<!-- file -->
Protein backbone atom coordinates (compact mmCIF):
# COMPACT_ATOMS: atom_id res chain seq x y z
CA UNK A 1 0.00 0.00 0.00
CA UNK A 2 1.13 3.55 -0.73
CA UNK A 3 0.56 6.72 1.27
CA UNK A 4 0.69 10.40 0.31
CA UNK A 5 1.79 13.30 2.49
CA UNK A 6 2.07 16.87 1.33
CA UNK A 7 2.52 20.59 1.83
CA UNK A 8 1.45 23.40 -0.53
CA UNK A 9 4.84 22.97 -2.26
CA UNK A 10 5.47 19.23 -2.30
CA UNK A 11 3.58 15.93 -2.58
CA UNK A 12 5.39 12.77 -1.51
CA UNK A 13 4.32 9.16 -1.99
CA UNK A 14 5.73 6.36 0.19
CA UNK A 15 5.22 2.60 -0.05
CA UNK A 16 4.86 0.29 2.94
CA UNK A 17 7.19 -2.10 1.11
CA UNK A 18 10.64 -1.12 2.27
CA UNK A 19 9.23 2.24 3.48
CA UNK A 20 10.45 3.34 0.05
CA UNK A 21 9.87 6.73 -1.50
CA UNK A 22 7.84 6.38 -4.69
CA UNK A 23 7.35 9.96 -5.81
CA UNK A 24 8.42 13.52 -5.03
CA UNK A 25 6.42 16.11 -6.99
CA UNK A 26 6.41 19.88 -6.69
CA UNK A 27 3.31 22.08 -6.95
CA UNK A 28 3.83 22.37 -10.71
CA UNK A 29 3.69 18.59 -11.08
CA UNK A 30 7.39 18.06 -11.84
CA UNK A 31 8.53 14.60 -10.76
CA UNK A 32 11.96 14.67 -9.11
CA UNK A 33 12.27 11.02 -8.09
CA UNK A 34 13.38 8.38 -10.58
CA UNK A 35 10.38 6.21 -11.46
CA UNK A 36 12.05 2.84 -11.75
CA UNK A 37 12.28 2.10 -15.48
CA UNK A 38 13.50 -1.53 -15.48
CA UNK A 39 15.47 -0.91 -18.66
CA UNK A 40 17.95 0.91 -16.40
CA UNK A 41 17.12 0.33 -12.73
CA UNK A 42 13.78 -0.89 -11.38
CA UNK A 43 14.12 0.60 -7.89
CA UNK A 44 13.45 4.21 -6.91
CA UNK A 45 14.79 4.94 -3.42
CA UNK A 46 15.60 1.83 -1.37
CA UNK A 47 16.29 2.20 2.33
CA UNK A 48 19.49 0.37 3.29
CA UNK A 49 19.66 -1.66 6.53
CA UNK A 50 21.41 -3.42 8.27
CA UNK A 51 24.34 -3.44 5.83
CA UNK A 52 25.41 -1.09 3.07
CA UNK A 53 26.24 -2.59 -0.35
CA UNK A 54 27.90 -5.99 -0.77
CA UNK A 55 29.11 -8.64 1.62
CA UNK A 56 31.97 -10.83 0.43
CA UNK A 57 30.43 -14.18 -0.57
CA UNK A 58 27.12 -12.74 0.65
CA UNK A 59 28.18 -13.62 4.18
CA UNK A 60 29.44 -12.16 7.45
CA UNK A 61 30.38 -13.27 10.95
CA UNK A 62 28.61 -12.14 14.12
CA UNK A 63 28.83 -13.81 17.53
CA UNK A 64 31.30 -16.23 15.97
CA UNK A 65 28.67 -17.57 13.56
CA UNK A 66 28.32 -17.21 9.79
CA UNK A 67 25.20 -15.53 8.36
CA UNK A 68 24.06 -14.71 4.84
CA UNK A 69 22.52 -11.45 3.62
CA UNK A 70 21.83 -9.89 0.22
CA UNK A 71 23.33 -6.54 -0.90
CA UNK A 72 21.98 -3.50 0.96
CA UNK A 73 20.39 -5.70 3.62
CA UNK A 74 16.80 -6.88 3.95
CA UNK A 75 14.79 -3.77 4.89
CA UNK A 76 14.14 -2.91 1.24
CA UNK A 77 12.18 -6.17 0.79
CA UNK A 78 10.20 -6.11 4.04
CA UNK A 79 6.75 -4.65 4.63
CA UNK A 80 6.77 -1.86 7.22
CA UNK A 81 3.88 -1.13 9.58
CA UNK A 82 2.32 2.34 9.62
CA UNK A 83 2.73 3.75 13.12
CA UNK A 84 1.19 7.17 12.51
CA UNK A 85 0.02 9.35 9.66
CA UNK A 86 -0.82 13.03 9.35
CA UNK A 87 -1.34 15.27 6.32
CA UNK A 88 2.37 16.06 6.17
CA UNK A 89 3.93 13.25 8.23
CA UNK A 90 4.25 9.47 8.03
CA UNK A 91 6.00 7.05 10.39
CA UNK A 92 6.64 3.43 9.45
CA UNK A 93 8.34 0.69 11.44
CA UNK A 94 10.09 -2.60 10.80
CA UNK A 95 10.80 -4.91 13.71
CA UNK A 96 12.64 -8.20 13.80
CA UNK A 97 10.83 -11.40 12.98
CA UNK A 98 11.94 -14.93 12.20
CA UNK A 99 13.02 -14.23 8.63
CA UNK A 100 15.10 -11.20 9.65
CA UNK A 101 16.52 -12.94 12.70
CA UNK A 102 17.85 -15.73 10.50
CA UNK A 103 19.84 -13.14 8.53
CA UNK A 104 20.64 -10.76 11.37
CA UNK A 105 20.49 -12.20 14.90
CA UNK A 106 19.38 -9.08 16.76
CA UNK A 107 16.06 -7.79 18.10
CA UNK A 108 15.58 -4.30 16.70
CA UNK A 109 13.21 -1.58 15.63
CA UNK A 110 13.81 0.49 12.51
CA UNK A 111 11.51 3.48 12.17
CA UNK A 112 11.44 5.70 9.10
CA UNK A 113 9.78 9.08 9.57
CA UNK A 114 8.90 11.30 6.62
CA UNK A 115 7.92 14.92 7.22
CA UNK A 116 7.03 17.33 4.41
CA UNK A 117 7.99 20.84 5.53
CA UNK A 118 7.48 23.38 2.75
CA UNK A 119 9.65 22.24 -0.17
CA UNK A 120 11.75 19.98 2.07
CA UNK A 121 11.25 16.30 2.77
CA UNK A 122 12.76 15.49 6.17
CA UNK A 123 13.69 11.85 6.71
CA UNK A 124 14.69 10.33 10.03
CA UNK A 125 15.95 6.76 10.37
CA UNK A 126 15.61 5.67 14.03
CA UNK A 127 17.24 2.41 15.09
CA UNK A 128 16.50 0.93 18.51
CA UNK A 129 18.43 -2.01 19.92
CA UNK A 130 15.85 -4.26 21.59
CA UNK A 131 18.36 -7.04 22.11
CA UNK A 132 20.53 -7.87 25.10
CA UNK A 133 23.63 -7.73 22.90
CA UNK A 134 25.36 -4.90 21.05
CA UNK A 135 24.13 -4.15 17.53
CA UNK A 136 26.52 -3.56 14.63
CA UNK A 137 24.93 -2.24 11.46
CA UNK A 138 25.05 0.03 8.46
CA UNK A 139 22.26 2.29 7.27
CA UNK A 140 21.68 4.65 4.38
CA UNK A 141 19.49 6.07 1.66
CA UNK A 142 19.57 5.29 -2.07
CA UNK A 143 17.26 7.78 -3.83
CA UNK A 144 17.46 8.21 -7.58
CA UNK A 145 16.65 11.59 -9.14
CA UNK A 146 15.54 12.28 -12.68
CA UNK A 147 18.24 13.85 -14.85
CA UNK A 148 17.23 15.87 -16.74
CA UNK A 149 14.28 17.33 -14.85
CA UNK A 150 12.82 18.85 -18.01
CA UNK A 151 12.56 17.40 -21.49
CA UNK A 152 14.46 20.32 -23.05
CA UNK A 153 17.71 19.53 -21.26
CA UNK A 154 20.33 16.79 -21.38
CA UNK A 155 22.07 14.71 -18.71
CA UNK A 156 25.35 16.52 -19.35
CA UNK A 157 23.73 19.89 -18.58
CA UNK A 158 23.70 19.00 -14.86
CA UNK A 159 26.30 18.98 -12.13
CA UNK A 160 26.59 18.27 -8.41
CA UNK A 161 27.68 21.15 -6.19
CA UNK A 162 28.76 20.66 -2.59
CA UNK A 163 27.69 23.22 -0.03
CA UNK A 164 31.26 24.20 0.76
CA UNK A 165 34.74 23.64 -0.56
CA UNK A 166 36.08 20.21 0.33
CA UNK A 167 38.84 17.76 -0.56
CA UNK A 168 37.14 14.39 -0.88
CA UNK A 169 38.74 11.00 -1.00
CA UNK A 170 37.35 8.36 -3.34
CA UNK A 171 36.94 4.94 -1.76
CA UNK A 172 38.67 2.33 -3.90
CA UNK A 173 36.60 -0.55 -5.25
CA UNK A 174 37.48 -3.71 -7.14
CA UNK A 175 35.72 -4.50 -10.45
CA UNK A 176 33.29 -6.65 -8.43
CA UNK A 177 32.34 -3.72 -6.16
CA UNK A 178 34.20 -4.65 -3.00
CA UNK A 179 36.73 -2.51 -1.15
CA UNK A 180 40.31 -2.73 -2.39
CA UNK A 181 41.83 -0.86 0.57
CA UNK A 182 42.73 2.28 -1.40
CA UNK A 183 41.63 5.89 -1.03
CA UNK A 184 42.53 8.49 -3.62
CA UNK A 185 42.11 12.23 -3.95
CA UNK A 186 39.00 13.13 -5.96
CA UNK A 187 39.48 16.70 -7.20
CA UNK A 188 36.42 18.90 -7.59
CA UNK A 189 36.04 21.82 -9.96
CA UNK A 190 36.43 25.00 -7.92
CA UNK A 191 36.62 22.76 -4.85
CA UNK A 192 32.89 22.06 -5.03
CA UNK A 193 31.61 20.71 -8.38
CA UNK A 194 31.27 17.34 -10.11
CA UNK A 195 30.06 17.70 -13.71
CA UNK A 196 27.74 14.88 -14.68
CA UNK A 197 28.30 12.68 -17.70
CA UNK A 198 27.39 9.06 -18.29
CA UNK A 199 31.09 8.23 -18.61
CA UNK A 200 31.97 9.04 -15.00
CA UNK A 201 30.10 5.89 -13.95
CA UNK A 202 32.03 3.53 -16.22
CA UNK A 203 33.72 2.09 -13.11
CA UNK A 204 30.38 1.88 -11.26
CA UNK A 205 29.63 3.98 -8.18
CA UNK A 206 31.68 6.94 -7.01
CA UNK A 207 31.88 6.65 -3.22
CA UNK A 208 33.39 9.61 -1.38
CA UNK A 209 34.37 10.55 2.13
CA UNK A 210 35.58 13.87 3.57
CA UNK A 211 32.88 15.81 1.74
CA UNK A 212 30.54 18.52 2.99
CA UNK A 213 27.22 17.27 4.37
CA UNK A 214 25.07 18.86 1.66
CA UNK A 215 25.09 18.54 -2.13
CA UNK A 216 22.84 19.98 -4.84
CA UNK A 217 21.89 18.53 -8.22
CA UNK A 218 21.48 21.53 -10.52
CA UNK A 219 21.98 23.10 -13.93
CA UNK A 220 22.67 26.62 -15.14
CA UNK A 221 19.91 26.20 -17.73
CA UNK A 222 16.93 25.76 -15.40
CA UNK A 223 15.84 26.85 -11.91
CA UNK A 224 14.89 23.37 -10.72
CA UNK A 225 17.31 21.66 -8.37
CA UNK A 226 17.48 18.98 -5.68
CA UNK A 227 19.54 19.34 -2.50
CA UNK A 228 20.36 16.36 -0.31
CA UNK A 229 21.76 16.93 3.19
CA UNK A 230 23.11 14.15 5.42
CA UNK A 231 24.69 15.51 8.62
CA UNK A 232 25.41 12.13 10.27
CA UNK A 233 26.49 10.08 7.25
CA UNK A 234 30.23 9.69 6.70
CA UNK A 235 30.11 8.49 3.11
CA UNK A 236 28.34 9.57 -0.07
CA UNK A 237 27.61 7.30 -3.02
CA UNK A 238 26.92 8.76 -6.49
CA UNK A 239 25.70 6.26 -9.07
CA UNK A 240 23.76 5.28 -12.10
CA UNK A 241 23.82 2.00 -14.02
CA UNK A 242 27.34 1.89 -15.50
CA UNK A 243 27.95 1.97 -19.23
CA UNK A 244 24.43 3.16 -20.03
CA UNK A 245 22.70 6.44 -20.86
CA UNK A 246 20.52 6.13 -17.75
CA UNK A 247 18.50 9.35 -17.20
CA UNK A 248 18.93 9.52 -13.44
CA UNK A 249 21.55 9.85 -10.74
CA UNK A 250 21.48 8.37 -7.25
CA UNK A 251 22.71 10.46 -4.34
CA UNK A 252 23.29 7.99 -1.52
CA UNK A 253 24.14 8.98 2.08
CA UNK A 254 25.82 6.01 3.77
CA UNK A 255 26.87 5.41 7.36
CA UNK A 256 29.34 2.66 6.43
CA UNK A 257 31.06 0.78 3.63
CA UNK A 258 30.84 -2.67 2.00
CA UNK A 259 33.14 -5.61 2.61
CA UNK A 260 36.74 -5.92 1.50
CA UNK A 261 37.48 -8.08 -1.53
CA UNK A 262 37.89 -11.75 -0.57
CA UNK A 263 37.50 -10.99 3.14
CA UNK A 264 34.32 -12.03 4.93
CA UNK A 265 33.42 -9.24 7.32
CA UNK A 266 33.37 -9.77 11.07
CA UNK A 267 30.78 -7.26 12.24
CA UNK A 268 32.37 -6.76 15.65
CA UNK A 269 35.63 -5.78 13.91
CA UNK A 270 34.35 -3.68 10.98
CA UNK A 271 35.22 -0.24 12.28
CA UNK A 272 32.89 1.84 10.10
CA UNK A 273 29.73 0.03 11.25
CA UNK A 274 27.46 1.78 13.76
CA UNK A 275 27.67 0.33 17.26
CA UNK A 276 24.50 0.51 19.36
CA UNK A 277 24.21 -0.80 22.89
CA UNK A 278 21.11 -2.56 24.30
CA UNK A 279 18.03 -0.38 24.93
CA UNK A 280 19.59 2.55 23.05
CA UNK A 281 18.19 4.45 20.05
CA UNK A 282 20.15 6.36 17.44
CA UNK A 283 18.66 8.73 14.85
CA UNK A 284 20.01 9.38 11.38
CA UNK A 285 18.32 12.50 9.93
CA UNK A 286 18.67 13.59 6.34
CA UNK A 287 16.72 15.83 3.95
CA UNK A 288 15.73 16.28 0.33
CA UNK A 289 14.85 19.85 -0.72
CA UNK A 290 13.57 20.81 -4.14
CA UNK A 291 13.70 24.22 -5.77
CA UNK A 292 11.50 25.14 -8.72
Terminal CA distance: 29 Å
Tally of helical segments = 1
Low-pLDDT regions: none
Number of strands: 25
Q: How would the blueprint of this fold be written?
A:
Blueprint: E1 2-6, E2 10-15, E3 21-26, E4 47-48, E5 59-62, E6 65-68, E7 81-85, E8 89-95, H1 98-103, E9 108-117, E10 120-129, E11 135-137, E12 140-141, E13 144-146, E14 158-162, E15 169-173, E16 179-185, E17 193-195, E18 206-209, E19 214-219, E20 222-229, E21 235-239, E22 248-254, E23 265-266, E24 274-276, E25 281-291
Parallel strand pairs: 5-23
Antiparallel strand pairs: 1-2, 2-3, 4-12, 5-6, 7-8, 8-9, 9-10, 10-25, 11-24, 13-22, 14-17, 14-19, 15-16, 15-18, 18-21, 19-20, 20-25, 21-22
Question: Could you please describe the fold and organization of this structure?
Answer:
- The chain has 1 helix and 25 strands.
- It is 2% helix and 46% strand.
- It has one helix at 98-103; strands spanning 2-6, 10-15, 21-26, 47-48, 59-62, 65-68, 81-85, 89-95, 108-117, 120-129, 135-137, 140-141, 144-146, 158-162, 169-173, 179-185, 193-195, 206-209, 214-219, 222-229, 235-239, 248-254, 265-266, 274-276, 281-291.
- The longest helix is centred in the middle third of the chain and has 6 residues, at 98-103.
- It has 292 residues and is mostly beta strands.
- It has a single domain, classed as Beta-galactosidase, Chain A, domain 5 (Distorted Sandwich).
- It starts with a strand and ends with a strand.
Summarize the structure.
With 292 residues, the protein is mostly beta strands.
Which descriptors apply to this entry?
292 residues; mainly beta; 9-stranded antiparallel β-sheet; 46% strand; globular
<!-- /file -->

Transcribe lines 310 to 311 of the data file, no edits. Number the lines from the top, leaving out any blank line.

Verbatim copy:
- It has 292 residues and is mostly beta strands.
- It has a single domain, classed as Beta-galactosidase, Chain A, domain 5 (Distorted Sandwich).